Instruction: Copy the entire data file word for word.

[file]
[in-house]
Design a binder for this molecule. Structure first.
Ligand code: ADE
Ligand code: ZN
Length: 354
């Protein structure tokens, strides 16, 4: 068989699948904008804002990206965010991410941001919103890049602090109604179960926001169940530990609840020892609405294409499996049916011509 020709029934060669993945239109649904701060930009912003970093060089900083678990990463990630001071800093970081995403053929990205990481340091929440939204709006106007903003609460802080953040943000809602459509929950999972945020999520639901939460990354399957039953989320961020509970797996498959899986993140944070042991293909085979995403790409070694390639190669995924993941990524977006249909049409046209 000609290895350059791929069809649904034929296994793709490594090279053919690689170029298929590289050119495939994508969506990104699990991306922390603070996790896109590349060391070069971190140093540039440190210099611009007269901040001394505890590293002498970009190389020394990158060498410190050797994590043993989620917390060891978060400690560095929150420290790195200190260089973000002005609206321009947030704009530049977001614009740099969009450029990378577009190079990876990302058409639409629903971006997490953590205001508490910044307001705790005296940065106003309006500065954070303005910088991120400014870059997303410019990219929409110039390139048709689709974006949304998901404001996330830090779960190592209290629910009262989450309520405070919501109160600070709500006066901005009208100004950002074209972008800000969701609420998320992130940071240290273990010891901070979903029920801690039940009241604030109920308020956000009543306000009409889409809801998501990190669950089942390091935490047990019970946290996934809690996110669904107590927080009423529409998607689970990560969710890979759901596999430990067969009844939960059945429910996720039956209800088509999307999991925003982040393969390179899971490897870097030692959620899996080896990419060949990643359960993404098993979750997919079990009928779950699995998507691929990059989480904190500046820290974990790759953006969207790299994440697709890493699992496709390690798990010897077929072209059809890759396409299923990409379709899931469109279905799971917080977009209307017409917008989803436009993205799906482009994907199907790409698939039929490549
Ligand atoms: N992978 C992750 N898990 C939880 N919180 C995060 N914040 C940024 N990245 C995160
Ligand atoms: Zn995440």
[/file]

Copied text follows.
[in-house]
Design a binder for this molecule. Structure first.
Ligand code: ADE
Ligand code: ZN
Length: 354
């Protein structure tokens, strides 16, 4: 068989699948904008804002990206965010991410941001919103890049602090109604179960926001169940530990609840020892609405294409499996049916011509 020709029934060669993945239109649904701060930009912003970093060089900083678990990463990630001071800093970081995403053929990205990481340091929440939204709006106007903003609460802080953040943000809602459509929950999972945020999520639901939460990354399957039953989320961020509970797996498959899986993140944070042991293909085979995403790409070694390639190669995924993941990524977006249909049409046209 000609290895350059791929069809649904034929296994793709490594090279053919690689170029298929590289050119495939994508969506990104699990991306922390603070996790896109590349060391070069971190140093540039440190210099611009007269901040001394505890590293002498970009190389020394990158060498410190050797994590043993989620917390060891978060400690560095929150420290790195200190260089973000002005609206321009947030704009530049977001614009740099969009450029990378577009190079990876990302058409639409629903971006997490953590205001508490910044307001705790005296940065106003309006500065954070303005910088991120400014870059997303410019990219929409110039390139048709689709974006949304998901404001996330830090779960190592209290629910009262989450309520405070919501109160600070709500006066901005009208100004950002074209972008800000969701609420998320992130940071240290273990010891901070979903029920801690039940009241604030109920308020956000009543306000009409889409809801998501990190669950089942390091935490047990019970946290996934809690996110669904107590927080009423529409998607689970990560969710890979759901596999430990067969009844939960059945429910996720039956209800088509999307999991925003982040393969390179899971490897870097030692959620899996080896990419060949990643359960993404098993979750997919079990009928779950699995998507691929990059989480904190500046820290974990790759953006969207790299994440697709890493699992496709390690798990010897077929072209059809890759396409299923990409379709899931469109279905799971917080977009209307017409917008989803436009993205799906482009994907199907790409698939039929490549
Ligand atoms: N992978 C992750 N898990 C939880 N919180 C995060 N914040 C940024 N990245 C995160
Ligand atoms: Zn995440």